Google Maps Timeline may help in monitoring walking ability in MS

Smartphone app may be useful tool for clinicians, study suggests

Patricia Inacio, PhD avatar

by Patricia Inacio, PhD |

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A woman is seen walking for exercise with a water bottle in one hand.

Assessing a person’s daily walking patterns using the Google Maps Timeline tool may help doctors remotely monitor fatigue, walking ability, and disease severity in people with multiple sclerosis (MS), a study suggests.

The digital tool is built in the smartphone application Google Maps and records daily walking distance and time. It also enables the assessments of total number of days with walking activity as well as walking speed — all important markers for MS patients.

Indeed, the study found that most of these measurements were significantly linked to disease-related measures.

The findings suggest that Google Maps Timeline may provide “actual estimates of daily walking activities in MS and related self-perceived symptoms, with the advantage of remote recording,” the researchers wrote.

The study, “Google Maps Timeline: An open-access digital tool to monitor walking abilities in people with multiple sclerosis,” was published in the Multiple Sclerosis Journal – Experimental, Translational and Clinical.

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Google Maps Timeline a ‘promising proxy’ for real world walking ability

A large majority of MS patients experience impairments to their walking abilities. However, evaluating walking impairments in the clinic is time consuming and doesn’t always accurately quantify patients’ experiences in real life.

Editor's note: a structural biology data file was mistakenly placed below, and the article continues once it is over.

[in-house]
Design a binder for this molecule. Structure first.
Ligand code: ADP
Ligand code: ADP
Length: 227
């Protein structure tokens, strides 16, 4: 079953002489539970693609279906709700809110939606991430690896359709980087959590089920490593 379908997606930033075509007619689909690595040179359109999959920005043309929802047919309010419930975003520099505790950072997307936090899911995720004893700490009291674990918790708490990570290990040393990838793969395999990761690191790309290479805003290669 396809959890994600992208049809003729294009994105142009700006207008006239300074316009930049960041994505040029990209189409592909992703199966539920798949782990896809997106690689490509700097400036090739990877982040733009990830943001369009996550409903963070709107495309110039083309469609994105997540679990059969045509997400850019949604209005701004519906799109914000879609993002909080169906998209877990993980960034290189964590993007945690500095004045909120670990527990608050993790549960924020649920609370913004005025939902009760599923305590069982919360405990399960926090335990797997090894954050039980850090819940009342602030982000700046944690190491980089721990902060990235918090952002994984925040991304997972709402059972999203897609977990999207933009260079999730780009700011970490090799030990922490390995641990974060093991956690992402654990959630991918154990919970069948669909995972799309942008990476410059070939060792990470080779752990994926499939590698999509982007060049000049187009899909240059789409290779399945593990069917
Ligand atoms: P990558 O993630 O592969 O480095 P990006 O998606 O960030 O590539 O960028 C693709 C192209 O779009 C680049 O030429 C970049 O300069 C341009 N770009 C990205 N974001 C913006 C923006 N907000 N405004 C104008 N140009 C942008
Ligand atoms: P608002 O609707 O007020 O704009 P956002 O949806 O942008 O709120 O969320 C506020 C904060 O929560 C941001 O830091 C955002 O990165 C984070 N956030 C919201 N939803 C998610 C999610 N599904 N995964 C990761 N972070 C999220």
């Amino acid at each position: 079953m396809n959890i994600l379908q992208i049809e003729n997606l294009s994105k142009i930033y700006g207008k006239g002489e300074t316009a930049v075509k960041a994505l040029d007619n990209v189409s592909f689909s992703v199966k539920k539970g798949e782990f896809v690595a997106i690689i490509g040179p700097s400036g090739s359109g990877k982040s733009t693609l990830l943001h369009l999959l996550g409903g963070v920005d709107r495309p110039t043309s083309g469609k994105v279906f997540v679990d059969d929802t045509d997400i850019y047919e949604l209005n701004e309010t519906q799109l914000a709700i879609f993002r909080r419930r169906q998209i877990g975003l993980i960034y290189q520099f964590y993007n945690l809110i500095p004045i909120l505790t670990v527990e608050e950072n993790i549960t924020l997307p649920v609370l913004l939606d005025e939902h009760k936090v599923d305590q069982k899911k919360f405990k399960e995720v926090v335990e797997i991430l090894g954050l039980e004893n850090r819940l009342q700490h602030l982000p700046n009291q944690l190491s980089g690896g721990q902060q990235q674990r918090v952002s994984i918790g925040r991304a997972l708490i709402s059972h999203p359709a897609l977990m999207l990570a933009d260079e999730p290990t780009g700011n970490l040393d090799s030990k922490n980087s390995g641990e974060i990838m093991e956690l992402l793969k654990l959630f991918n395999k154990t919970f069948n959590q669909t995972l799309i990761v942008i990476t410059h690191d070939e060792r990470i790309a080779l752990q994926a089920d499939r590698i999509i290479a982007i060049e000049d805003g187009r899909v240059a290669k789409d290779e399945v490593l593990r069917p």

A number of digital tools have been developed to remotely monitor patients’ walking abilities, but most are expensive and can only be used for research purposes.

Now, a team of researchers in Italy set out to evaluate whether the Google Maps Timeline could be used for such assessments.

Because the tool provides walking distance and time, it may be a “promising proxy for walking abilities in real-life settings,” the team wrote.

In total, nine MS patients  — five women and four men — were enrolled in the proof-of-concept observational study. The patients had a mean age of 43.1 years.

Using data recorded in the app over a mean of 24 days, the researchers computed information about the patients’ walking patterns. Specifically, they determined the average distance and time the participants walked each day, their average walking speed, and the percentage of days with walking activity.

At enrollment, patients also were assessed on a number of disease-related measures. One was disability level, assessed with the Expanded Disability Status Scale (EDSS), while another was the extent to which MS impacted the person’s walking ability, as measured with the Multiple Sclerosis Walking Scale (MSWS). Walking and leg function were determined with the Timed-25 Foot Walking Test (T25FWT), which assesses how long it takes an individual to walk 25 feet.

Additionally, fatigue and quality of life were assessed using the Fatigue Severity Scale (FSS) and the European Quality of Life questionnaire, respectively.

The results showed that fewer days of walking activity were significantly associated with higher fatigue levels and a greater impact of MS on walking ability. In turn, a higher walking speed was significantly linked with lower fatigue severity.

GMT [Google Maps Timeline] seems an effortless and open-source tool to monitor walking in [people with] MS.

The time a person spent walking and the distance walked were associated with better walking function on the T25FWT test. Walking distance also was linked to lower disability levels and better quality of life scores.

“In our proof-of-concept study, we showed that GMT [Google Maps Timeline] walking activities’ parameters were associated with a number of clinical measures of gait, disability, and fatigue, as well as quality of life,” the team wrote.

“GMT seems an effortless and open-source tool to monitor walking in [people with] MS,” the researchers concluded.

They added that the tool may be used in the future in clinical practice to monitor disease progression and treatment response, as well the impact of rehabilitation approaches, in people with MS.